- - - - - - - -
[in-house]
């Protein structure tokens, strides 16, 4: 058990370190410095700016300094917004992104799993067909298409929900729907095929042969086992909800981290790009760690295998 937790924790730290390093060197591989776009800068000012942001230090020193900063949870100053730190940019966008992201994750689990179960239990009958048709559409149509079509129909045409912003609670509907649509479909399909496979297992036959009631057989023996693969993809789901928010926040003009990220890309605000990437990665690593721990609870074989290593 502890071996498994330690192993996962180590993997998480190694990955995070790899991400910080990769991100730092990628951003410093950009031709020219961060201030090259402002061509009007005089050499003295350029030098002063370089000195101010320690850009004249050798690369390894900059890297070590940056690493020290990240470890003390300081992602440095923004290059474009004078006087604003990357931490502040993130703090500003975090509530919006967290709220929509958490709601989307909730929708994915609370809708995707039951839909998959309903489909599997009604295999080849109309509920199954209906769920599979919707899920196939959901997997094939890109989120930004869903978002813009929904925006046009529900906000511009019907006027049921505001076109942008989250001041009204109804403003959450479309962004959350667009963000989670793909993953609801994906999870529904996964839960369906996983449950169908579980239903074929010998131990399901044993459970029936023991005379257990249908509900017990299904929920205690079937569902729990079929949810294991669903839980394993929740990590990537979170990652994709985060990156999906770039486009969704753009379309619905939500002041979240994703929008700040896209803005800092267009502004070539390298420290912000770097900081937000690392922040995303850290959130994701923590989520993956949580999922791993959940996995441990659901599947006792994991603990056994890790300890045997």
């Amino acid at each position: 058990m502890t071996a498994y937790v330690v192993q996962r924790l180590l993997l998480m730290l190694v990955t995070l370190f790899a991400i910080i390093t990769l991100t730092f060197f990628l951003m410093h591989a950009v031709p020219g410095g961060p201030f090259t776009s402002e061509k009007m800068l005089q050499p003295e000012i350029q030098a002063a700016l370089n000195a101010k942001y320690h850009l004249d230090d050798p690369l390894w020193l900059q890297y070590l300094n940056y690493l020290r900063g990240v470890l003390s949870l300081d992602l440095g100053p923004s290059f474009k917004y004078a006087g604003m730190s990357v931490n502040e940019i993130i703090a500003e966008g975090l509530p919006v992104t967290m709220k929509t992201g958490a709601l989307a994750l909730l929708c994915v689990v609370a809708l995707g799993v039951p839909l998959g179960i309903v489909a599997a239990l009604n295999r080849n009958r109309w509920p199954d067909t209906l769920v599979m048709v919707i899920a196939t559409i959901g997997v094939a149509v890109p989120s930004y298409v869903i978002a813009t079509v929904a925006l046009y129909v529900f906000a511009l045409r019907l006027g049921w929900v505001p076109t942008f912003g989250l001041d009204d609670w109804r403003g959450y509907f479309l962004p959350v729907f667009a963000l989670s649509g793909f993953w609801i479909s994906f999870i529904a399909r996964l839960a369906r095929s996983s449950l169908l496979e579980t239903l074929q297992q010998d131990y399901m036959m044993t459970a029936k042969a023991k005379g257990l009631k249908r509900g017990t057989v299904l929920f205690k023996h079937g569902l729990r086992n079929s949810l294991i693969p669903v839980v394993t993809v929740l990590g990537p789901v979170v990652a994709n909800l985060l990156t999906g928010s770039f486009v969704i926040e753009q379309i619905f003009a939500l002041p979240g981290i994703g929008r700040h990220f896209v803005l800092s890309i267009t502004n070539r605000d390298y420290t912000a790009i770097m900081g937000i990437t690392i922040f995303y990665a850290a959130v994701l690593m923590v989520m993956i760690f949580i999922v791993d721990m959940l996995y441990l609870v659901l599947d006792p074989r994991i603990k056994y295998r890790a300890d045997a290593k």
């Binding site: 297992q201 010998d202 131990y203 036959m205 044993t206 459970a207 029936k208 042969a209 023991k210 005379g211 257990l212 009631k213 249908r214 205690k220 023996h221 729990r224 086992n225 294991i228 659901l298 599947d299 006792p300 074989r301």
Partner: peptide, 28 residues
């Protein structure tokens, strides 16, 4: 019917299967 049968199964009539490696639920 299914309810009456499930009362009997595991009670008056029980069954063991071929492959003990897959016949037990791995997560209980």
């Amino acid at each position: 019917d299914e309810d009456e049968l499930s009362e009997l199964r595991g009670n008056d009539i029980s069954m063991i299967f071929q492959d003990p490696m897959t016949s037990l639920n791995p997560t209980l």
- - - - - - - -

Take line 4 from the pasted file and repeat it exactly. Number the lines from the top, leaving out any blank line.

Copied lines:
């Binding site: 297992q201 010998d202 131990y203 036959m205 044993t206 459970a207 029936k208 042969a209 023991k210 005379g211 257990l212 009631k213 249908r214 205690k220 023996h221 729990r224 086992n225 294991i228 659901l298 599947d299 006792p300 074989r301």